By Todd S. Elliott (firstname.lastname@example.org) March 16, 1998
[See also Commodore World #22 for a similar routine]
First, many thanks to Maurice Randall for providing the addresses in drive ROMs of various disk drives for the purposes of determining each drive. The info was largely adapted from the BASIC drive polling routines written by Doug Cotton. Many thanks also goes to Doug Cotton for writing a well written and comprehensive two-part article on serial bus programming appearing in Commodore World #10 and #11. It has taken a lot of pain and frustration out of serial bus programming.
Before we go any further, Doug Cotton recently stated in a comp.sys.cbm article about Desterm v3.0's problems of serial device polling. Doug stated that Mark Fellows found out that sending a 'm-r' command to the Xetec SuperGrafix *Gold* on serial device #14 will lock up the serial bus. Thus, the routine would need to ignore polling of device #14, and allow the user of your program the option of forcing the polling of device #14 for any attached serial device. (Of course, warn the user of such dangers.)
Now, with the thanks out of the way, let's get right into the bits and nybbles of the program. First, it creates a drive buffer at the cassette buffer beginning at $0334, and zeroes it out. The .Y register serves as a device index; a value of 8 in .Y equals device 8, 9 in .Y equals device 9 and so on, up to 30 for a permissible range of devices from 8 to 30.
Next, it quickly determines whether a serial device is attached at devices #8-#30. if there is a serial device, the program will then put in a value equal to the serial device at the buffer indexed by an appropriate .Y device index. This value will be changed later in the drive polling routine.
The drive polling routine then checks the values within the buffer indexed by .Y serving as a serial device number. If a non-zero value is found, then there is a serial device present and the program then reads in the addresses in drive ROMs. The program checks the drive ROMs for the appropriate identifiers to correctly determine which drive it is.
Once it has identified the drive, it inserts a byte representation of that drive into the buffer, indexed by .Y serving as a device number. The program repeats, until there are no more available drives for identification.
At the end of the routine, the drive buffer, indexed by .Y as a device number, should contain byte representations of various drives at various device numbers. This serves as a 'snapshot' of such CBM power system. The program then can freely use this information to offer multiple drive support with specific device support such as partitions, subdirectories, using more drive RAM for buffers, and more.
Let's offer my system as an example:
dev #08- Internal 1571 dev #09- External 1571 dev #10- FD 4000 dev #11- CMD HD 85 dev #12- RAMLink
After running the routine below, the drives buffer contains the following values:
.Y as device index = value (decimal) 08 = 71 09 = 71 10 = 224 11 = 192 12 = 128 13 = 0 ...[so on] 30 = 0
Read also the comments liberally sprinkled throughout the code to gain further insight into this routine. There is minimal error checking in the following routine, so it is good practice to implement such checking.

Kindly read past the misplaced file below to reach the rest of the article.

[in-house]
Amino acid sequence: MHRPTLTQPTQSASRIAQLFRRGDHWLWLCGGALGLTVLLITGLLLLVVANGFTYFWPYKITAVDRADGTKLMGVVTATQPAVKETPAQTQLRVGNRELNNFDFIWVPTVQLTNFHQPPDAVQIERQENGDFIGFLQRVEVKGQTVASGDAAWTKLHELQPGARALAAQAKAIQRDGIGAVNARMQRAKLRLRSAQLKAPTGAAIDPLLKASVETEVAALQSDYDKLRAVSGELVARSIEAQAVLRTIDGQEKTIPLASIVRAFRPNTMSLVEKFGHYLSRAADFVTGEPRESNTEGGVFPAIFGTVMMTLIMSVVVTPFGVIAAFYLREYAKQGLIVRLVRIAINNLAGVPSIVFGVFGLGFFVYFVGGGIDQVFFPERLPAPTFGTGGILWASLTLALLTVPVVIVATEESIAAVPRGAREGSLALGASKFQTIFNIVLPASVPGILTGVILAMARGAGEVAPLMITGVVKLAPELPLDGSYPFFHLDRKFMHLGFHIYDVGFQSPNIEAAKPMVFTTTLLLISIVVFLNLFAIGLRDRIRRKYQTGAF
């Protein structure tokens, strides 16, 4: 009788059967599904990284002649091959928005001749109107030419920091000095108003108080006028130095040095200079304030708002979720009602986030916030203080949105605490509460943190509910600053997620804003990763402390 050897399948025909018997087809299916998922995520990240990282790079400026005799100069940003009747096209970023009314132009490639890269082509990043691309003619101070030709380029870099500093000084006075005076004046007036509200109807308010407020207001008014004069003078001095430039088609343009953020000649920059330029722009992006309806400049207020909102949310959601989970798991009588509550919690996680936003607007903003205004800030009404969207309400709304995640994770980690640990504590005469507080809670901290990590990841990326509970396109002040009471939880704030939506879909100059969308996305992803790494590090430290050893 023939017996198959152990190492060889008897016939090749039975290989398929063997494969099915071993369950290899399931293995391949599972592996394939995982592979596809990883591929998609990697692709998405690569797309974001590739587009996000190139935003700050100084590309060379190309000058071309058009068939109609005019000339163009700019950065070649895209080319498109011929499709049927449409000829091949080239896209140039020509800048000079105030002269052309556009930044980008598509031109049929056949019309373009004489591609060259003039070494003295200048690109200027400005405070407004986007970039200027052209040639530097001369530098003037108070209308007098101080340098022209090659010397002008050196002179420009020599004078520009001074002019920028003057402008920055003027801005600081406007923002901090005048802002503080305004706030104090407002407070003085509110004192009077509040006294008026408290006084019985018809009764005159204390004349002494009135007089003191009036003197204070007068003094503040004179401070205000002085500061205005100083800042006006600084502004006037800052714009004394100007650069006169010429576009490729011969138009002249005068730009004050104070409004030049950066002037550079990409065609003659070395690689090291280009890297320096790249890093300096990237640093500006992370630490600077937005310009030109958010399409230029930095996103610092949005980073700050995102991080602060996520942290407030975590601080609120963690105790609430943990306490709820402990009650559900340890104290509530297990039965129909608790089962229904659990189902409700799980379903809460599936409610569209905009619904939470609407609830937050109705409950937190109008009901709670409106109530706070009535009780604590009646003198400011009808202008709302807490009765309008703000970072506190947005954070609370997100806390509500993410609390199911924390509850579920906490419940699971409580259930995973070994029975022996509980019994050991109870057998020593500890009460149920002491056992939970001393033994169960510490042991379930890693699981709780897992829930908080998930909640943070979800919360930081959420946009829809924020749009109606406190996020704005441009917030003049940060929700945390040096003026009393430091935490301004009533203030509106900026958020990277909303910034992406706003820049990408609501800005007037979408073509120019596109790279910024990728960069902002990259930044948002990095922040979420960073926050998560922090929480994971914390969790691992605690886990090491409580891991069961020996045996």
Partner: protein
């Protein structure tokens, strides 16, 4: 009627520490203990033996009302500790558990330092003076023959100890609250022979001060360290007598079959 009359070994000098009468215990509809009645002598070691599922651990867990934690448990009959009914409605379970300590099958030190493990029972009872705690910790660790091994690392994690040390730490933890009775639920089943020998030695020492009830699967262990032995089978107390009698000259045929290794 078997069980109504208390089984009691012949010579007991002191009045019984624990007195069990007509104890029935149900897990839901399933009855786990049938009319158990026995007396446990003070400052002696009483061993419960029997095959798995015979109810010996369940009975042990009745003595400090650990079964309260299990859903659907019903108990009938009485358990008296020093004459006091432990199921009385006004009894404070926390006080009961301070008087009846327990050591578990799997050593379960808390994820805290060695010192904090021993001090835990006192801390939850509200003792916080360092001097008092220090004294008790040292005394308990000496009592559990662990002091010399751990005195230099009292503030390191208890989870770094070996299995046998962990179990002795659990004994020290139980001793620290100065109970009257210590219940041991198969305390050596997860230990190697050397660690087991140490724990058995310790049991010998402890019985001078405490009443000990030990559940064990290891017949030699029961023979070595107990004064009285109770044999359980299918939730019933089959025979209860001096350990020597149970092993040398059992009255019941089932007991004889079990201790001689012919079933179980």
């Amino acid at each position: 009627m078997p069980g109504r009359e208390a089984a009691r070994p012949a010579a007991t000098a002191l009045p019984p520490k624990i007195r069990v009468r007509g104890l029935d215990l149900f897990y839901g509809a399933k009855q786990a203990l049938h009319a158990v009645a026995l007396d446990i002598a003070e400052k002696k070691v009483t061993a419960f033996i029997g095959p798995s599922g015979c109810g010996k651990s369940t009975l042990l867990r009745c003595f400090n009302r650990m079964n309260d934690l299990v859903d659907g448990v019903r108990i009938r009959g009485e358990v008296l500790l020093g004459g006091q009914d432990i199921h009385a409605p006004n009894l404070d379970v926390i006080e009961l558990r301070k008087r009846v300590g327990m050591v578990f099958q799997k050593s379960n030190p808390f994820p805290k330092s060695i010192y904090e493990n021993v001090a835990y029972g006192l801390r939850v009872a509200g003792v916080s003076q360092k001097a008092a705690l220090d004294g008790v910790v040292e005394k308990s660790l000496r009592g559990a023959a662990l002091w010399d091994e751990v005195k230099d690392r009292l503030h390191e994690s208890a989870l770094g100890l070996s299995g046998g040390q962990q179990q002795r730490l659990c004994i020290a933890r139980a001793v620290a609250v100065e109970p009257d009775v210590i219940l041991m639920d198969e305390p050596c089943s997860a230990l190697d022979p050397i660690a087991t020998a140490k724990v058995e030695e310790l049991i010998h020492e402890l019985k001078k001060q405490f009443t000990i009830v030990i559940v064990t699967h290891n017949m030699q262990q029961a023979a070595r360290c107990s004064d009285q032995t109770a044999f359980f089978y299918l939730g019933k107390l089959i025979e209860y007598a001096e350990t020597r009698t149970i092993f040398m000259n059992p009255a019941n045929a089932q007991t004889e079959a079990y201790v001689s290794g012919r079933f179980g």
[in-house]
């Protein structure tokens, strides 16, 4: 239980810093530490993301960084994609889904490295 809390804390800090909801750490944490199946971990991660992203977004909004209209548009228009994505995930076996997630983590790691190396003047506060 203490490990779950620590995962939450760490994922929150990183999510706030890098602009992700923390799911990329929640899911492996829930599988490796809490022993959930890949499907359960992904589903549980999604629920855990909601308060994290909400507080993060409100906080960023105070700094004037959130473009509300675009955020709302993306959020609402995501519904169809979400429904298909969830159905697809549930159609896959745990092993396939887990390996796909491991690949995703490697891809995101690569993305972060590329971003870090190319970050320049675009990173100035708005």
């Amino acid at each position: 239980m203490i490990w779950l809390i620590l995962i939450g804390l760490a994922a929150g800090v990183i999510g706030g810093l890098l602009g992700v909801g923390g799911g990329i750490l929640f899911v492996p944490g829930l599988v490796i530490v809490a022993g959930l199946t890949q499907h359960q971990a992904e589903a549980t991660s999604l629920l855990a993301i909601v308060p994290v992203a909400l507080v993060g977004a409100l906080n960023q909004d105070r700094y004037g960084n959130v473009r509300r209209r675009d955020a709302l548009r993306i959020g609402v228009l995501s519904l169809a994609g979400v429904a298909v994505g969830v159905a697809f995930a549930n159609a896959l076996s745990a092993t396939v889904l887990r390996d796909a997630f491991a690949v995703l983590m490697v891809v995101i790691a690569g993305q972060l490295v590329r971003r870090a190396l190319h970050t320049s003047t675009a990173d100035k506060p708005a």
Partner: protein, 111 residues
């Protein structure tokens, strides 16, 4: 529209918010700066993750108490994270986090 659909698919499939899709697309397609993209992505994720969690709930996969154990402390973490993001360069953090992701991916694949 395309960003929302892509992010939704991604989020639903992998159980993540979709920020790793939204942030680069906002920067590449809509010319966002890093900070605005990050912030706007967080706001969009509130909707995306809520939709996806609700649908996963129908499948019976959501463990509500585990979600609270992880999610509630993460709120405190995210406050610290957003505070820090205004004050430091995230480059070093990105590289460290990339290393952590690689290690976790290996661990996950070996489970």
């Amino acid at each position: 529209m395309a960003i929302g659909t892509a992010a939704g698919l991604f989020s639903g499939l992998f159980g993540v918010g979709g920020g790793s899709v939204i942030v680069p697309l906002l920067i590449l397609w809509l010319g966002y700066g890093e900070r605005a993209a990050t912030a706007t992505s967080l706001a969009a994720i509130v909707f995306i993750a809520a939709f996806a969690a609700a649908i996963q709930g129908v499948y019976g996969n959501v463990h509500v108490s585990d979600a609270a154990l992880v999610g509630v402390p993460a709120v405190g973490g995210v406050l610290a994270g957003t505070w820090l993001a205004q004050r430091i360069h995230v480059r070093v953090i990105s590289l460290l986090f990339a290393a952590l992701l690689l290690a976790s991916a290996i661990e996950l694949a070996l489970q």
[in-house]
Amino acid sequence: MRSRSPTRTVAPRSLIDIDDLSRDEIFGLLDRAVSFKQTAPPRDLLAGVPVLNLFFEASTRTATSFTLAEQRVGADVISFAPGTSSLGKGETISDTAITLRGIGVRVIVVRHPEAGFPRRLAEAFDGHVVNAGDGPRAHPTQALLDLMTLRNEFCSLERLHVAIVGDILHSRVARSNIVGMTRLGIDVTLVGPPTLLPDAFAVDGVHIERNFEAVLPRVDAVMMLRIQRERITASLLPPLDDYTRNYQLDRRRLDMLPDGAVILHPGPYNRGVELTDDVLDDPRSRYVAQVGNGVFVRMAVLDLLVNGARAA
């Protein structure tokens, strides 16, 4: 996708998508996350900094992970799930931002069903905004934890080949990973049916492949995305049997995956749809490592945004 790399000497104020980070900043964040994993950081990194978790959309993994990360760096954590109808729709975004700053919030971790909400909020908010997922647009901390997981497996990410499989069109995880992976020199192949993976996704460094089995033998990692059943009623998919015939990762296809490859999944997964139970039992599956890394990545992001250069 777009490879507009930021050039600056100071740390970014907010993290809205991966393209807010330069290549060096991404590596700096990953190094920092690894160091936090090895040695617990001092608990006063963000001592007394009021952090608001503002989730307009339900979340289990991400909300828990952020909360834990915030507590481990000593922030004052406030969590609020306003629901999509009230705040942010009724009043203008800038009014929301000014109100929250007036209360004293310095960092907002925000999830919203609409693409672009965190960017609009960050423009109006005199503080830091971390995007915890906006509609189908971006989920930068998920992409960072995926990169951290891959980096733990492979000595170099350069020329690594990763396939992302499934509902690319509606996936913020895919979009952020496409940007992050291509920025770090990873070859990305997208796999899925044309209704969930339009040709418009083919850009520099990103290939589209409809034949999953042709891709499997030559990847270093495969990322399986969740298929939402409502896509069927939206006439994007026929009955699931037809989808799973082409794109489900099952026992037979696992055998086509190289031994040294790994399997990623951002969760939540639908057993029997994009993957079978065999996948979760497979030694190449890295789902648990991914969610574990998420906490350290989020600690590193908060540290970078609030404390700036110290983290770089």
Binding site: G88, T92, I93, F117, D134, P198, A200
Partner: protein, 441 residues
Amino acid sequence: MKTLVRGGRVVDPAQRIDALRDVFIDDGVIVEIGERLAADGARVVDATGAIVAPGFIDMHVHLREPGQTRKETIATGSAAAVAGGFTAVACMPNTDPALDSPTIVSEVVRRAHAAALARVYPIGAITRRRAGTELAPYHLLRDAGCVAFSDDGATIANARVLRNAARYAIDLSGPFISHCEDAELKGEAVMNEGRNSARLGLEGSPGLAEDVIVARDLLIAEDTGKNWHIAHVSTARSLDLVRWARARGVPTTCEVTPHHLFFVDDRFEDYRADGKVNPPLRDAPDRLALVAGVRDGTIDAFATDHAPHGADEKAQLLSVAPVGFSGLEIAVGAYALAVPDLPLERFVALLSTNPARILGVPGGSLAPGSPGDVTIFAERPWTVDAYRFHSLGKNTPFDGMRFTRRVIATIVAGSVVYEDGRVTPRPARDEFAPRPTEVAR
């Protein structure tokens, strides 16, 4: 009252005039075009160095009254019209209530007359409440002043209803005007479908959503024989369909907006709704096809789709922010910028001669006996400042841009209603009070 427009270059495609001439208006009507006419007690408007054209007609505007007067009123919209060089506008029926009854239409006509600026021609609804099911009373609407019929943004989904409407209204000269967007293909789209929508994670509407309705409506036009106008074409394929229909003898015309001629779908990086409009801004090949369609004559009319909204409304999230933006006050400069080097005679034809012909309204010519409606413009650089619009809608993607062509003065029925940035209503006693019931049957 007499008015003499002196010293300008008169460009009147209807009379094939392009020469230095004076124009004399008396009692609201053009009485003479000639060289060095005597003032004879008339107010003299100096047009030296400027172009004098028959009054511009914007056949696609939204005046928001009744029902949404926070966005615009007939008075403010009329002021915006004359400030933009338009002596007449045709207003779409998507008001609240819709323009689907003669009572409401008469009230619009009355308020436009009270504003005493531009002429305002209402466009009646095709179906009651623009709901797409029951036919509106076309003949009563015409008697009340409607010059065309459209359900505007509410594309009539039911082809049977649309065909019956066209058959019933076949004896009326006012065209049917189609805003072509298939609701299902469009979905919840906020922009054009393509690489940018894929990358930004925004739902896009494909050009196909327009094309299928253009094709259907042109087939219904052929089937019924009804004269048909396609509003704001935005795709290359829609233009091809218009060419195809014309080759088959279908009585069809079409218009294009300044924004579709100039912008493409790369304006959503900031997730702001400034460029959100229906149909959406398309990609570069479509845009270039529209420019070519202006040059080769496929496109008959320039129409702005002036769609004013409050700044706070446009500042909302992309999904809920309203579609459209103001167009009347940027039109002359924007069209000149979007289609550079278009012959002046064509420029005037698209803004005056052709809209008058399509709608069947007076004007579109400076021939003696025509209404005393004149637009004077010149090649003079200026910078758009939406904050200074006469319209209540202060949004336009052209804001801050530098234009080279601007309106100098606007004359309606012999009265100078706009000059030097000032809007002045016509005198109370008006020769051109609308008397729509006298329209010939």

============================================================================= ; polls all available drives ; By Todd S. Elliott ; Buddy assembler format ; Feel free to use the routine without any attribution. ; Compiler equates ; zero page ldv = $fb; last device number that LOADed the program status = $90; status register dv = $ba; current device number- arbitrary location ; equates drives = $032c; buffer for the drive poll routine- arbitrary location second = $ff93 tksa = $ff96 acptr = $ffa5 ciout = $ffa8 untalk = $ffab unlstn = $ffae listen = $ffb1 talk = $ffb4 readst = $ffb7 setlfs = $ffba setnam = $ffbd open = $ffc0 close = $ffc3 chkin = $ffc6 chkout = $ffc9 clrchn = $ffcc chrin = $ffcf chrout = $ffd2 load = $ffd5 save = $ffd8 getin = $ffe4 clall = $ffe7 ; program code begins here *= $c000; arbitrary starting address ldy #23 lda #$00 - sta drives+8,y; zero out the drive buffer dey bpl - ; this way, a zero indicates that a drive is not present in that address ; referenced by the .Y index. For example- .Y equals 10, and if that address ; in 'drives,y' contains a zero, then device #10 is unavailable and there is ; no drive attached. lda dv; get current device and save it temporarily sta ldv; device from which it was LOADed- Obviously will work if this ; routine was called first before any disk activity. Use this ; routine as part of the initalization sequence of your program. ; Otherwise, it is not necessary to use it in this routine. lda #$08; start with device #8 and finish at #30 sta dv; create a new device number - ldy #$00 sty status; clear the status register jsr listen; opens the device for listening lda #$ff; Secondary address - $0f OR'ed with $f0 to open jsr second; opens the channel with sa of 15 lda status; check the status byte bpl +; branch if there is a device present ; obviously, some kind of error- restore original device - jsr unlstn; severs the serial bus control ; The following sub-routine was 'commented' by the semi-colon. Either way, ; the drive polling with or without the commented sub-routine will work ; correctly. The reason why I left it there is because Commodore World #10-11 ; articles on serial bus routines recommended such an anal-retentive ; sequence. I'm sure it is for a good reason though. If you can spare the ; room, feel free to use the commented routine by removing the semi-colons. ; lda #$00 ; sta status; clear the status register ; lda dv; get device number ; jsr listen; opens the device for listening ; lda #$ef; sa - $0f and OR'ed with $e0 to close file ; jsr second; closes the channel with sa of 15 ; jsr unlstn; finally closes it inc dv; increment device number lda dv cmp #31; is it device 31? if so, finish drive polling bne -- beq ++; relative JMP + ldy dv tya sta drives,y; store in successful device number ; remember, .Y is the device index bne -; relative JMP + ldy #14 disable polling of serial device #14 lda #$00 sta drives,y ldy #$08; get drive info (And if in 128 mode, delete the plus (+) sign.) l1 lda drives,y bne + iny cpy #31; are we done? (acceptable range of 8 to 30) bne l1 rts; exits the whole drive polling routine + sta dv; set device number jsr open'cmd'channel ldx #<cmdinfo; check to see if it is a CMD drive first ldy #>cmdinfo jsr open'cmd'two jsr chrin cmp #70; is it 'f' for FD series drives? bne + jsr chrin; get next character cmp #68; is it 'd' for FD series drives? bne l2 ldy dv; get device number lda #$e0; indicates that it is a FD drive at device number jmp get'next'drive + cmp #72; is it 'h' for HD series drives? bne + jsr chrin; get next character cmp #68; is it 'd' for HD series drives? bne l2 ldy dv; get device number lda #$c0; indicates that it is a HD drive at device number bne get'next'drive; relative JMP + cmp #82; is it 'r' for RL/RD series? bne l2 jsr chrin; get next character cmp #68; is it 'd' for RD series? bne + ldy dv; get device number lda #$f0; indicates that it is a RD drive at device number bne get'next'drive; relative JMP + cmp #76; is it 'l' for RL series? bne l2 ldy dv; get device number lda #$80; indicates that it is a RLdrive at device number bne get'next'drive; relative JMP l2 =*; check for CBM devices jsr close'cmd'channel; close command channel jsr open'cmd'channel ldx #<cbminfo; check to see if it is a 1541/1571 drive ldy #>cbminfo jsr open'cmd'two jsr chrin; gets the drive info cmp #53; is it '5' for the 15xx drives? bne l3 jsr chrin; gets the next number cmp #52; is it '4' for the 1541? bne + ldy dv; get device number lda #41; indicates a 1541 at that device number bne get'next'drive; relative JMP + cmp #55; is it '7' for the 1571? bne l3 ldy dv; get device number lda #71; indicates a 1571 at that device number bne get'next'drive; relative JMP l3 =*; polls for a 1581 drive jsr close'cmd'channel; closes the command channel jsr open'cmd'channel ldx #<info1581; check to see if it is a 1581 drive ldy #>info1581 jsr open'cmd'two jsr chrin; gets the drive info cmp #53; is it a '5' for a 15xx drive? bne l4 jsr chrin; gets the next drive number cmp #56; is it a '8' for a 1581? bne l4 ldy dv; gets device number lda #81; indicates a 1581 at that device number bne get'next'drive; relative JMP l4 =*; foreign drive- just mark it as foreign ldy dv; get device number lda #$01; indicates a foreign device number bne get'next'drive; relative JMP close'cmd'channel =* jsr clrchn lda #$0f; lfn jsr close; and closes it rts ; gets the next drive on the serial bus ; First, it stores the byte representation of a drive into the 'drives' ; buffer indexed by .Y showing the device number. ; Available byte representations- ; 00 - No serial device available ; 01 - foreign drive (MSD, Excelerator, Lt.Kernal, etc.) ; 41 - 1541 drive ; 71 - 1571 drive ; 81 - 1581 drive ; e0 - FD drive ; c0 - HD drive ; f0 - RD drive ; 80 - RAMLink ; Note - the high bit set indicates a CMD drive, whereas the high bit cleared ; indicates a CBM drive. get'next'drive =* sta drives,y jsr close'cmd'channel ldy dv iny; increment table offset jmp l1 ; opens the command channel and issues a command open'cmd'channel =* lda #$0f; lfn tay; sa for command channel ldx dv jsr setlfs; set up the open sequence lda #$07; length of command (m-r command) rts open'cmd'two =* jsr setnam; sends the command jsr open; opens the file ldx #$0f; lfn jsr chkin; redirect input rts cmdinfo =*; gets CMD drive info ; at $fea4 in drive ROM .asc "m-r" .byte $a4,$fe,$02,$0d cbminfo =*; gets CBM drive info ; at $e5c5 in drive ROM .asc "m-r" .byte $c5,$e5,$02,$0d info1581 =*; gets 1581 drive info ; at $a6e8 in drive ROM .asc "m-r" .byte $e8,$a6,$02,$0d ; end file drivepoll